Western Wednesdays: The Show Down (1921)

Orphan Betty Gray’s [Marcella Pershing] inheritance is taken by her greedy guardian Gunnison [Ed Burns], who increasingly profits off his ill-gotten gains. Gunnison hears that “Snapper” Walton [Art Acord], a man whom Betty fancies, aims to do away with him and confides in Betty that Walton is untrustworthy. Walton, on his way out of town, attempts to bid farewell to Betty, but she won’t have anything to do with him.

Months later, word is spread to Gunnison that “Snapper” is returning to prove to Betty that her father is no good and Gunnison rounds up some men to prohibit Walton’s arrival. As Walton nears the canyon, two of Gunnison’s men attempt to get the drop on him but fail when “Snapper” cuts them off at the pass and humiliates them.

Betty overhears a conversation between her father and a henchman and decides to go look for “Snapper.” While heading up the trail, Walton mistakenly sends a boulder hurtling down towards Betty, but saves her in the nick of time. Betty rides away but is promptly captured by her father and his cohorts.

Walton gives chase and gets the drop on Gunnison and his men at a nearby shack, forcing Gunnison to admit to his wrongdoing.

“The Show Down” was quite a fun two-reel western short, with speedy action and great location photography. The film, produced by Universal, is played mostly straight, however there are some interesting sight gags such as the sign for the Soft Shot Saloon (“Soft Drinks – Dern It”) as well as the deliciously evil lies delivered by Gunnison, which made me chuckle.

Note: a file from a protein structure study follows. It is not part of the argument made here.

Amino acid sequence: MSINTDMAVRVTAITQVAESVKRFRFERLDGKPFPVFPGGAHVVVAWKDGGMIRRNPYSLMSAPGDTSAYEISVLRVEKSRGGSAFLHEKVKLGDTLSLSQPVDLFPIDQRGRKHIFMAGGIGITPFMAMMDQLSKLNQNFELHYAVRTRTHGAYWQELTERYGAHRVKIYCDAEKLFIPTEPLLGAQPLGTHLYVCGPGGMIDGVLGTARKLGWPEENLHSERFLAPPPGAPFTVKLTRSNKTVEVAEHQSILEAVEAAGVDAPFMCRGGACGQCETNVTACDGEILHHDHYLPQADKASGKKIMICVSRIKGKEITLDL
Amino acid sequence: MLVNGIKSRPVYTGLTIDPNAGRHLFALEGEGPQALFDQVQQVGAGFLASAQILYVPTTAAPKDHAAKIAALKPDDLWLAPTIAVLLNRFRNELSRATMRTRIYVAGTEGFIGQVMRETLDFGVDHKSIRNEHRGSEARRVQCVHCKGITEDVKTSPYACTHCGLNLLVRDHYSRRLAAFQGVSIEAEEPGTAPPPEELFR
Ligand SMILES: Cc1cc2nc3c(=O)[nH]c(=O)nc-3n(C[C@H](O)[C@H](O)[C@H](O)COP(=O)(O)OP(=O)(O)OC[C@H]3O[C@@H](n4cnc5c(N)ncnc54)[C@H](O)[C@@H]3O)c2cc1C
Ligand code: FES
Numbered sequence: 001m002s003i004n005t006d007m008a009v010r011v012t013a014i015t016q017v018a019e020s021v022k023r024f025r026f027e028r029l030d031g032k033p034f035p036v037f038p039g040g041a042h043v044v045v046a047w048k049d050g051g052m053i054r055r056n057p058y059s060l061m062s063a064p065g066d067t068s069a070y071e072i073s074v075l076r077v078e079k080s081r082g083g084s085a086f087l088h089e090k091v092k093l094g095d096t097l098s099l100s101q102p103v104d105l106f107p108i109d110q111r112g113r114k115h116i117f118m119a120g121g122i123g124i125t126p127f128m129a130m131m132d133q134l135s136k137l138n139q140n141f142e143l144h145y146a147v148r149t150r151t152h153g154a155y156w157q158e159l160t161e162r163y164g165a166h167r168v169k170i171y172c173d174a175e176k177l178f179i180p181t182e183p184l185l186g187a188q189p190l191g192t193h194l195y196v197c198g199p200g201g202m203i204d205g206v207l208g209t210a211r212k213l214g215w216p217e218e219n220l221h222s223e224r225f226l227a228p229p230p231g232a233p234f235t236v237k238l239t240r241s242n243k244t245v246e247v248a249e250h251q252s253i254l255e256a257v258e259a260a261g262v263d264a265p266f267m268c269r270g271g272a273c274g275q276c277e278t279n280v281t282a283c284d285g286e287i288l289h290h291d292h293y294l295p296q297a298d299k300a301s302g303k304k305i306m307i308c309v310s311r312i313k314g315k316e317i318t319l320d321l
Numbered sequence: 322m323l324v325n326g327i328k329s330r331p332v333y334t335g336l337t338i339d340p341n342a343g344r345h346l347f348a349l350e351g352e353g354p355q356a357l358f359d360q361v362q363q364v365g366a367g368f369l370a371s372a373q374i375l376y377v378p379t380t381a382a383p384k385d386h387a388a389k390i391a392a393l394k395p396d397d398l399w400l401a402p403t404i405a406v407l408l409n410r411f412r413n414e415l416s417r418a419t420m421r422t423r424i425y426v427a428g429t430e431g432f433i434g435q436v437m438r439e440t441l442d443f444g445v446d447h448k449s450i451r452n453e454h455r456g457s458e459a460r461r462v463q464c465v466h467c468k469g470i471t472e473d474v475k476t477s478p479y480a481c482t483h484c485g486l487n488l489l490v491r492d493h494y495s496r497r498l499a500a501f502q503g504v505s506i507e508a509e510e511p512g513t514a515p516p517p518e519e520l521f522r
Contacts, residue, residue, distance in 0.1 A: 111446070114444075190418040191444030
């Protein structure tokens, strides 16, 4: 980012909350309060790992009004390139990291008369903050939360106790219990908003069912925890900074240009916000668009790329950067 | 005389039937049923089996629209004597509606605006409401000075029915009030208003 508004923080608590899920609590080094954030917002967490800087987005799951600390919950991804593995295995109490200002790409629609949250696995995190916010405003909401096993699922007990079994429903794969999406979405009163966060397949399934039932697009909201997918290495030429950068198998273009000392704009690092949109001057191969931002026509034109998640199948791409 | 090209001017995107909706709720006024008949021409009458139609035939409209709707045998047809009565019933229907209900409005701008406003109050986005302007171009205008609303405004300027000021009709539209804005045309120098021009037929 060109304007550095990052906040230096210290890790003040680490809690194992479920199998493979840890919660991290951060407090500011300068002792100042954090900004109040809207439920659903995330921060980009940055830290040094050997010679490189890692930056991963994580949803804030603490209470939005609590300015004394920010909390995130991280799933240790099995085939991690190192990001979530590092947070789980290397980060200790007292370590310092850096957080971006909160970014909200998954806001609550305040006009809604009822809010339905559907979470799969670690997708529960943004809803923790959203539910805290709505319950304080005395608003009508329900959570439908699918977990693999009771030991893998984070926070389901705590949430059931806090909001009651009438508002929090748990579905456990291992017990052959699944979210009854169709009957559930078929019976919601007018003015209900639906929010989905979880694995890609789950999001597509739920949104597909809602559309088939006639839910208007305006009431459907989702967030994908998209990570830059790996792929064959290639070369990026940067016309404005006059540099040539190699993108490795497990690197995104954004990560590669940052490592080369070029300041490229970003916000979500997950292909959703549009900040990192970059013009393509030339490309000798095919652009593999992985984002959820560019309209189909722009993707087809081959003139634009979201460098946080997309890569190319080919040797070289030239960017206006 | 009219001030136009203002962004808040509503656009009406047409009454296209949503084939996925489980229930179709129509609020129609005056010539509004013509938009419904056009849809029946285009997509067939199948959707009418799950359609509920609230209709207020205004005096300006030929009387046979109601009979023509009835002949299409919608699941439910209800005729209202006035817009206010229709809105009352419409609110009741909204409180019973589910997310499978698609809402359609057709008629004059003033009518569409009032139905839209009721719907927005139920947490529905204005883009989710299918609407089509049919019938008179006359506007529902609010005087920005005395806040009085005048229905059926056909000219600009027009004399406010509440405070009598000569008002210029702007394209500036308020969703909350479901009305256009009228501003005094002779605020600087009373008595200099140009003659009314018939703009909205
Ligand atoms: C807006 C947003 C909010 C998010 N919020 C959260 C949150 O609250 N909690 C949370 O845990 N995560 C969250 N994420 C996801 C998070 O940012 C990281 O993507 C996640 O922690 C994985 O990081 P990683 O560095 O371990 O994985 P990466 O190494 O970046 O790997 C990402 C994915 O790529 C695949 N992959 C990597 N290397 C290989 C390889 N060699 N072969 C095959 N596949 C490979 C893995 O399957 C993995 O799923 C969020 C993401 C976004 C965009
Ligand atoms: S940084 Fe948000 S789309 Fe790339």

Most, if not all, of the acting is quite broad with the lead star Art Acord providing an especially over-the-top performance, however he seems to be genuinely enjoying himself, this is all the more evident during the sequence where he humiliates Gunnison’s men by forcing them to remove various articles of clothing before making them run for their lives. Acord has a decent on-screen presence but is not among the most handsome of screen cowboys. However, Acord manages quite nicely in fighting scenes, especially the brawl that ends the picture and looks tremendous riding the vast canyon on horseback.

Like many of the popular western stars of the time, Art Acord was a rodeo champion prior to becoming a movie star. Indeed, in 1912 as well as 1916, he won the steer wrestling competition at the Pendleton Round-Up. The most interesting of these wins was in 1916 where he defeated none other than Hoot Gibson. Acord quickly drew the attention of film producers and made his first movie in 1910. Unfortunately, most of Acord’s films are lost today, with The Show-Down serving as a rare, surviving example of his screen work.

Sadly, a heavy drinking problem as well as the advent of the sound screen killed Acord’s career and he was forced to find other means of work to support himself. He retired to Mexico where he became a miner, but he grew increasingly depressed and was horrifically burned in 1928 after an explosion at his home. On January 4, 1931, Art Acord committed suicide by cyanide poisoning, he had informed his doctor whom was treating him in the Mexican hospital, that he intentionally took the poison as he wanted to die. Art Acord was only 40 years old when he died.

“The Show Down” is recommended viewing, not only as a scarce, extant example of Art Acord’s work but as a sensational, action packed and lightly humorous western. The film can be found on YouTube, with a wonderful virtual theater organ score by my friend Ben Model.